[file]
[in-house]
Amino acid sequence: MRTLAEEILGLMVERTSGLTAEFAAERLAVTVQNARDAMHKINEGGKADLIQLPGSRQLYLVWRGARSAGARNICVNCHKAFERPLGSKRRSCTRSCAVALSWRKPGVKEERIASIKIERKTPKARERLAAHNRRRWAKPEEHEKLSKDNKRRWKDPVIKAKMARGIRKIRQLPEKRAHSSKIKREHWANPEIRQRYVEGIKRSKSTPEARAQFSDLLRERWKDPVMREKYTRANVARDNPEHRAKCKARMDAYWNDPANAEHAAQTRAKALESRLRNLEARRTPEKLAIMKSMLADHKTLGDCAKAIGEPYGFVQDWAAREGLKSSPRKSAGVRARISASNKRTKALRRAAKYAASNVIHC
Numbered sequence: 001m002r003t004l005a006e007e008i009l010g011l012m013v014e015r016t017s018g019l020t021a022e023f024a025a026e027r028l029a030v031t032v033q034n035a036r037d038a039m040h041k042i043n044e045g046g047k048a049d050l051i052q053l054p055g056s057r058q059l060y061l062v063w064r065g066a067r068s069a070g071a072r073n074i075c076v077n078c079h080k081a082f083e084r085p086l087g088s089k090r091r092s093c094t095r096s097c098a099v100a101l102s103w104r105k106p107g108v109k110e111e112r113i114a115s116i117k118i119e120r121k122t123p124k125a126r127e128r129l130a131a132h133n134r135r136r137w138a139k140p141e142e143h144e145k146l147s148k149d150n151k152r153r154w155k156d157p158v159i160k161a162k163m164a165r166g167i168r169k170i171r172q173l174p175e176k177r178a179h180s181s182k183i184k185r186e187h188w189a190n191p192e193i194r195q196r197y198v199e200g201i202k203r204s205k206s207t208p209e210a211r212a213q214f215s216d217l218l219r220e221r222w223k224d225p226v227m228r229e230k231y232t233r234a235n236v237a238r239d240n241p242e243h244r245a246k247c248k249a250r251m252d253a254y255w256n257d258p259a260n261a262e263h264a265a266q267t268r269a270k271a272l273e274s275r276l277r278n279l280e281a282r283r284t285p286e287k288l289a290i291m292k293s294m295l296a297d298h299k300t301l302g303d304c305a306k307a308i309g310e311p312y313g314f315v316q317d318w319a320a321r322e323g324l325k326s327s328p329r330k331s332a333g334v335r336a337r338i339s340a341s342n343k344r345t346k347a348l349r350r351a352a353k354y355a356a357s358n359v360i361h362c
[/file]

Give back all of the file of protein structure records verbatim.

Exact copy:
[in-house]
Amino acid sequence: MRTLAEEILGLMVERTSGLTAEFAAERLAVTVQNARDAMHKINEGGKADLIQLPGSRQLYLVWRGARSAGARNICVNCHKAFERPLGSKRRSCTRSCAVALSWRKPGVKEERIASIKIERKTPKARERLAAHNRRRWAKPEEHEKLSKDNKRRWKDPVIKAKMARGIRKIRQLPEKRAHSSKIKREHWANPEIRQRYVEGIKRSKSTPEARAQFSDLLRERWKDPVMREKYTRANVARDNPEHRAKCKARMDAYWNDPANAEHAAQTRAKALESRLRNLEARRTPEKLAIMKSMLADHKTLGDCAKAIGEPYGFVQDWAAREGLKSSPRKSAGVRARISASNKRTKALRRAAKYAASNVIHC
Numbered sequence: 001m002r003t004l005a006e007e008i009l010g011l012m013v014e015r016t017s018g019l020t021a022e023f024a025a026e027r028l029a030v031t032v033q034n035a036r037d038a039m040h041k042i043n044e045g046g047k048a049d050l051i052q053l054p055g056s057r058q059l060y061l062v063w064r065g066a067r068s069a070g071a072r073n074i075c076v077n078c079h080k081a082f083e084r085p086l087g088s089k090r091r092s093c094t095r096s097c098a099v100a101l102s103w104r105k106p107g108v109k110e111e112r113i114a115s116i117k118i119e120r121k122t123p124k125a126r127e128r129l130a131a132h133n134r135r136r137w138a139k140p141e142e143h144e145k146l147s148k149d150n151k152r153r154w155k156d157p158v159i160k161a162k163m164a165r166g167i168r169k170i171r172q173l174p175e176k177r178a179h180s181s182k183i184k185r186e187h188w189a190n191p192e193i194r195q196r197y198v199e200g201i202k203r204s205k206s207t208p209e210a211r212a213q214f215s216d217l218l219r220e221r222w223k224d225p226v227m228r229e230k231y232t233r234a235n236v237a238r239d240n241p242e243h244r245a246k247c248k249a250r251m252d253a254y255w256n257d258p259a260n261a262e263h264a265a266q267t268r269a270k271a272l273e274s275r276l277r278n279l280e281a282r283r284t285p286e287k288l289a290i291m292k293s294m295l296a297d298h299k300t301l302g303d304c305a306k307a308i309g310e311p312y313g314f315v316q317d318w319a320a321r322e323g324l325k326s327s328p329r330k331s332a333g334v335r336a337r338i339s340a341s342n343k344r345t346k347a348l349r350r351a352a353k354y355a356a357s358n359v360i361h362c